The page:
Hi Junko, I occasionally watch Top Gear and on one episode they had a BMW race around their test racetrack. It did ii in about the same time as a human driver which is no mean feat. Obviously a big jump from there to roads with other cars, dogs, pedestrians etc., but driving a car close the physical limits on a race track is still amazing and this one had some challenging bends.
That said, the unpredictability of the real world has me agreeing with you about this puppy :-).
I have to agree with the other commenter that not having a LTE modem IC in the portfolio is hardly a show stopper for those who are investing in sensor fusion & ADAS. For such dauntingly complex systems, it seems unlikely that any one vendor can or will provide every piece of silicon.
So a company has to have a modem to be a "processor" supplier???? - strange definition. Fact is that guys like FSC,TI, Renesas are big players in all these 3 automotive areas when it comes to the processor business, with Nvidia very likely having the lowest share in automotive wrt volume or revenue in any for those applications compared to a.m. companies. The tie to the modem is also strange as neither the cluster nor ADAS will see any modemintegration anytime soon. Even in infotainment the modem is usually not integrated in the headunit but in a seperate box - for various very good reasons. As i said - just another bold statement far away from the truth - very similar to their performance and efficiency claims. ok Nvidia is still in the mobile business, with questionable success. However reading the article carefully tells you that that road is coming to an end. If Nvidia, like the others for good financial reasons, leave the mobile space, I'd be curious to see how their modem activities will evolve.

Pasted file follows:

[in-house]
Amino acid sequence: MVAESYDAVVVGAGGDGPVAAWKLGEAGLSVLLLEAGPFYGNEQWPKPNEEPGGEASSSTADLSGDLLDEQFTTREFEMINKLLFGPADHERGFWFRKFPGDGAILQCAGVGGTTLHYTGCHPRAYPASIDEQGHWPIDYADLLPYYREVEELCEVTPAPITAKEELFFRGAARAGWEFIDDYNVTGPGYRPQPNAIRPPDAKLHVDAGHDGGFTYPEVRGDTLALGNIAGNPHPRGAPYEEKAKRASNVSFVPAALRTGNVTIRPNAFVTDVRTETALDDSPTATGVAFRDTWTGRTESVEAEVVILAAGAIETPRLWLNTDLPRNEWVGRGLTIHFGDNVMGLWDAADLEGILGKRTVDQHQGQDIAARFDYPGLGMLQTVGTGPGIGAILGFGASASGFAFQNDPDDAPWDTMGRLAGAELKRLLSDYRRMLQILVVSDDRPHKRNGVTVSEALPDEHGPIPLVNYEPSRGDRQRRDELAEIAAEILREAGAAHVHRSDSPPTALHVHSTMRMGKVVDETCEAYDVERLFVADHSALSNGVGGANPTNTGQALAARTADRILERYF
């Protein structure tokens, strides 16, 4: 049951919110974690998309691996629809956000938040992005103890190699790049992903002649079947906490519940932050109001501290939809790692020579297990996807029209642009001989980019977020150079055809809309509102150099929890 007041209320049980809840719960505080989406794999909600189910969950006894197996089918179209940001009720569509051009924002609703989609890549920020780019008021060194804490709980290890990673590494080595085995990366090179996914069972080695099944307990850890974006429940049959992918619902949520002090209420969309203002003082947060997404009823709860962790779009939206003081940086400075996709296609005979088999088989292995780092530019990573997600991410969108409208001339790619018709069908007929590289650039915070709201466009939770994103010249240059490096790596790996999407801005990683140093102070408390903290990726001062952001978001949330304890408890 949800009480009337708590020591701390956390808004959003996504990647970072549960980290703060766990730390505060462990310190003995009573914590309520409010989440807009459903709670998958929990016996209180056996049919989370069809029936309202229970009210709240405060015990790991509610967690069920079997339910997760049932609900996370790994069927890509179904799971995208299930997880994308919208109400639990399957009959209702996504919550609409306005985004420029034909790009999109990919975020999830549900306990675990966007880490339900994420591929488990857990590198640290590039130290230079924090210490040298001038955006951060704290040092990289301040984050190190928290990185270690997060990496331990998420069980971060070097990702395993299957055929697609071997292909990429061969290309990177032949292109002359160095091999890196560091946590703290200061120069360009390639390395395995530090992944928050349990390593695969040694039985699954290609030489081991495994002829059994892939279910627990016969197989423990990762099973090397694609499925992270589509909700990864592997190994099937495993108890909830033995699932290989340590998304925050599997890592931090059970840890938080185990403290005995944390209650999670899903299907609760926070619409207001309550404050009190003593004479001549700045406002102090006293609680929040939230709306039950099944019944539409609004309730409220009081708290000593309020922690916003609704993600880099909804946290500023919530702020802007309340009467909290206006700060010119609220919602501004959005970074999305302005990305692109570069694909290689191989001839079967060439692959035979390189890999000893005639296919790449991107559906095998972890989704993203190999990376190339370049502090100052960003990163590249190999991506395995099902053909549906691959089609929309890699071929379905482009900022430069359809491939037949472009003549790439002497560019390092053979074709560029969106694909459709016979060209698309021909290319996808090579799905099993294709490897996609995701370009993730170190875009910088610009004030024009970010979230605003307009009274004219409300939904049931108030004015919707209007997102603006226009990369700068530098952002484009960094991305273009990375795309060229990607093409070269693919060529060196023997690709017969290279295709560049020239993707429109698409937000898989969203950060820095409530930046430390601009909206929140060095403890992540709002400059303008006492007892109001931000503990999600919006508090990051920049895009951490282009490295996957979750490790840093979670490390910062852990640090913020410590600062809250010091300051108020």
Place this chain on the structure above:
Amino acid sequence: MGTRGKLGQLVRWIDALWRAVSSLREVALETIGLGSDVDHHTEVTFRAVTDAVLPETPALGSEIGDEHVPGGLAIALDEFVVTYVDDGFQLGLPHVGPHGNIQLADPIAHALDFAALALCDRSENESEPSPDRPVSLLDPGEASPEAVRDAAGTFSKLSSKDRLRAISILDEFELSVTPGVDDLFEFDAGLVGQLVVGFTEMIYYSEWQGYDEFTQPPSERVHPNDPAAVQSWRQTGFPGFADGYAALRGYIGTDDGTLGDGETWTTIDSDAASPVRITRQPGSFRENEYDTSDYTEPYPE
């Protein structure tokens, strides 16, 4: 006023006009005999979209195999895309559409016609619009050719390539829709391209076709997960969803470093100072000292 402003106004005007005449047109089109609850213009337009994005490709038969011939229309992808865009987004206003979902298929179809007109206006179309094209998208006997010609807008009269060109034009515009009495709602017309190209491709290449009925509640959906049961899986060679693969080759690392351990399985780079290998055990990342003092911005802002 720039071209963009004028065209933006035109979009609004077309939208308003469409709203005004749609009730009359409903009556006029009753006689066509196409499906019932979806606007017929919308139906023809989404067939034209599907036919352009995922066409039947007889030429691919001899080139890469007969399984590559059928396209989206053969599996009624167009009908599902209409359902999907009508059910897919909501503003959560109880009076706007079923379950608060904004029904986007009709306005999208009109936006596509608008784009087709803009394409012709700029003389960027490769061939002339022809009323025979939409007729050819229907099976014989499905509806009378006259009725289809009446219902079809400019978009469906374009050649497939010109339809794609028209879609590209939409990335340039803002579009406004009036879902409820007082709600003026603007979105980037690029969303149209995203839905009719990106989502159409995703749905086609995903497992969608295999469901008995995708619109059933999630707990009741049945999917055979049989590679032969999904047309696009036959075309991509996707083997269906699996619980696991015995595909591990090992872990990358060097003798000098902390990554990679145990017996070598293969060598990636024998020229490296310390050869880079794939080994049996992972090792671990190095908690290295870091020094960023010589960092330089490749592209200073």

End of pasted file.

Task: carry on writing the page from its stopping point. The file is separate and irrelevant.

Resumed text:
All the leading automotive chip vendors -- like Freescale, TI, NXP and ST -- are active in all these areas. However, all of them have already given up on the modem business. They have no 3G, no LTE modem chips.
So, if a car needs to get connected with the outside world, they won't have their own modem chips for connectivity.
In contrast, Nvidia is still in the smartphone, tablet business, and they have their own LTE modem chips. That's the difference right now.
But I don't think that's going to last very long. Qualcomm is catching up right out there!
Self driving car has been a topic for quite sometimes. Google, no doubt, has a great start. It's way ahead of everyone. I assume the team leaded by Sebastian Thurn develop algorithms and run on x86 computer. The algorithm will likely be performance hungry. The demonstration proves the performance of Nvidia ARM. It's a great start for Nvida. Now, question is where is Intel.
What are the engineering and design challenges in creating successful IoT devices? These devices are usually small, resource-constrained electronics designed to sense, collect, send, and/or interpret data. Some of the devices need to be smart enough to act upon data in real time, 24/7. Are the design challenges the same as with embedded systems, but with a little developer- and IT-skills added in? What do engineers need to know? Rick Merritt talks with two experts about the tools and best options for designing IoT devices in 2016. Specifically the guests will discuss sensors, security, and lessons from IoT deployments.